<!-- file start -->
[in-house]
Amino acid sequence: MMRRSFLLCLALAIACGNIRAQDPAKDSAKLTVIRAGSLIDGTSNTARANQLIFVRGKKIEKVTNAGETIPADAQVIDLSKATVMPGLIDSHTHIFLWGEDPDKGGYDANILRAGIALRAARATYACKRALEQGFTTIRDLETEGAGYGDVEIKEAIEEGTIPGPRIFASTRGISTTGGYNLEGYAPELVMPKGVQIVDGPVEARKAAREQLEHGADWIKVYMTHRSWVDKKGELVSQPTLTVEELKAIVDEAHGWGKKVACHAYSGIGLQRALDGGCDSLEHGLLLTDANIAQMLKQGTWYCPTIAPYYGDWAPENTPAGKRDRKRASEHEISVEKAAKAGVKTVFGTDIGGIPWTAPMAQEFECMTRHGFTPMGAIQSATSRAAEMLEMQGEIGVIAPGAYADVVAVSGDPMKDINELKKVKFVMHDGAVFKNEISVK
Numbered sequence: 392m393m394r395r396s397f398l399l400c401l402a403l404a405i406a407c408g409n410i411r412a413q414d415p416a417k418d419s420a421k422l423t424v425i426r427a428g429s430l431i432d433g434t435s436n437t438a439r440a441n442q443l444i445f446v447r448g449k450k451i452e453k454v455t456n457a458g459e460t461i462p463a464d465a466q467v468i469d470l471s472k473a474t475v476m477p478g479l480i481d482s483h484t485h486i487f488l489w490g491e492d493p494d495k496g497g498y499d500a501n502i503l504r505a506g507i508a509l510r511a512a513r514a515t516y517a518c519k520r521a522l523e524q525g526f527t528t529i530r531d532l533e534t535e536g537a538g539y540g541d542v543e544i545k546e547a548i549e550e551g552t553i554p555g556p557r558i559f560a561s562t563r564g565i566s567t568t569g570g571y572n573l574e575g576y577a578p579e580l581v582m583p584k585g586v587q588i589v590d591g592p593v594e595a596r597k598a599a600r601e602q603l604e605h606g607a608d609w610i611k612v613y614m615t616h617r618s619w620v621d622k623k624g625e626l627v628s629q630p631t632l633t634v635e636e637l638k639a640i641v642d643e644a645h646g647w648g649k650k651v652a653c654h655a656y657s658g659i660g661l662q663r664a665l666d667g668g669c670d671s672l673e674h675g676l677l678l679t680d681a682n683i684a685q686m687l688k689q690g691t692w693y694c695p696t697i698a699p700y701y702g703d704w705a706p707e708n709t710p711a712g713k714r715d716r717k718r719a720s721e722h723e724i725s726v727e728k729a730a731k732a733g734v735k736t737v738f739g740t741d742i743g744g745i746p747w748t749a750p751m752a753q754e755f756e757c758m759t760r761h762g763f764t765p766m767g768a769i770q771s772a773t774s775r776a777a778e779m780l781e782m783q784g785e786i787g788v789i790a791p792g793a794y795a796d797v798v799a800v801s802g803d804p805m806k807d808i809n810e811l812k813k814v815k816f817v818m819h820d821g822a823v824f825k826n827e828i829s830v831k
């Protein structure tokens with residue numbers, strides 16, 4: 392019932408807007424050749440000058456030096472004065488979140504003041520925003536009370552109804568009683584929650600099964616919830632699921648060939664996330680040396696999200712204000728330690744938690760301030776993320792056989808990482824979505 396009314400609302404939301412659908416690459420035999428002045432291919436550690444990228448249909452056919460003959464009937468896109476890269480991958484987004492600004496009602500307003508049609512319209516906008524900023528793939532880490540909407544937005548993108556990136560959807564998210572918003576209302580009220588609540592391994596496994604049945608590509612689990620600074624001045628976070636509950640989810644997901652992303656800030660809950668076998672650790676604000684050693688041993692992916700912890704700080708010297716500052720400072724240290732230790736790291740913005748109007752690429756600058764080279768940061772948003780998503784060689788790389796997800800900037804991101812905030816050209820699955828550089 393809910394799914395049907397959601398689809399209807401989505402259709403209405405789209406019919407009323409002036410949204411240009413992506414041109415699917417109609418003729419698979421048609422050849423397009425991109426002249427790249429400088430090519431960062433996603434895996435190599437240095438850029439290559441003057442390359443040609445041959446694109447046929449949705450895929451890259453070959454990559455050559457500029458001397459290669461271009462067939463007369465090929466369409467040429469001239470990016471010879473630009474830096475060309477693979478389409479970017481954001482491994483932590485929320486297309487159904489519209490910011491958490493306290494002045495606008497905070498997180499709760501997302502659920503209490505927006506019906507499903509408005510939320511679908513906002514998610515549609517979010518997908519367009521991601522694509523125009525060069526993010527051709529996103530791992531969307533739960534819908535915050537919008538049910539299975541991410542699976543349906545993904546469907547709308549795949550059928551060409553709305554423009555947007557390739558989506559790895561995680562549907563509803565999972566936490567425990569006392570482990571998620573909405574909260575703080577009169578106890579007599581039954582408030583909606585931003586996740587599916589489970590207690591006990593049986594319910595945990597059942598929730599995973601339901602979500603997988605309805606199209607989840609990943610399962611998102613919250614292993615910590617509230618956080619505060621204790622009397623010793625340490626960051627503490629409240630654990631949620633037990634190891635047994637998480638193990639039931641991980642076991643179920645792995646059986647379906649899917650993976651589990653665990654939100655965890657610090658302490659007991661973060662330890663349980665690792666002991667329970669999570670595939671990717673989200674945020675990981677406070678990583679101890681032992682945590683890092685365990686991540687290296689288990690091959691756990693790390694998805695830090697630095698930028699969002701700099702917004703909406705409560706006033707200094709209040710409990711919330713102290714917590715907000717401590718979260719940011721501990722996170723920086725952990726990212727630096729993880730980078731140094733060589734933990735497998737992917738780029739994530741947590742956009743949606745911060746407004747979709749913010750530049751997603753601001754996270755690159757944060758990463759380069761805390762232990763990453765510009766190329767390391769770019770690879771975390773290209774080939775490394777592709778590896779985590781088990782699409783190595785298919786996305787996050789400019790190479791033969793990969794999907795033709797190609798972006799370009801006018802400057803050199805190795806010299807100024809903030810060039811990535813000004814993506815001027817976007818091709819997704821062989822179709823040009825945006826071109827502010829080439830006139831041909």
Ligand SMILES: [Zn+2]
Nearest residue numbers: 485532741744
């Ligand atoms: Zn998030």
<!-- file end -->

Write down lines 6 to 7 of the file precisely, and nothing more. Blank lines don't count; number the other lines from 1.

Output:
Nearest residue numbers: 485532741744
């Ligand atoms: Zn998030």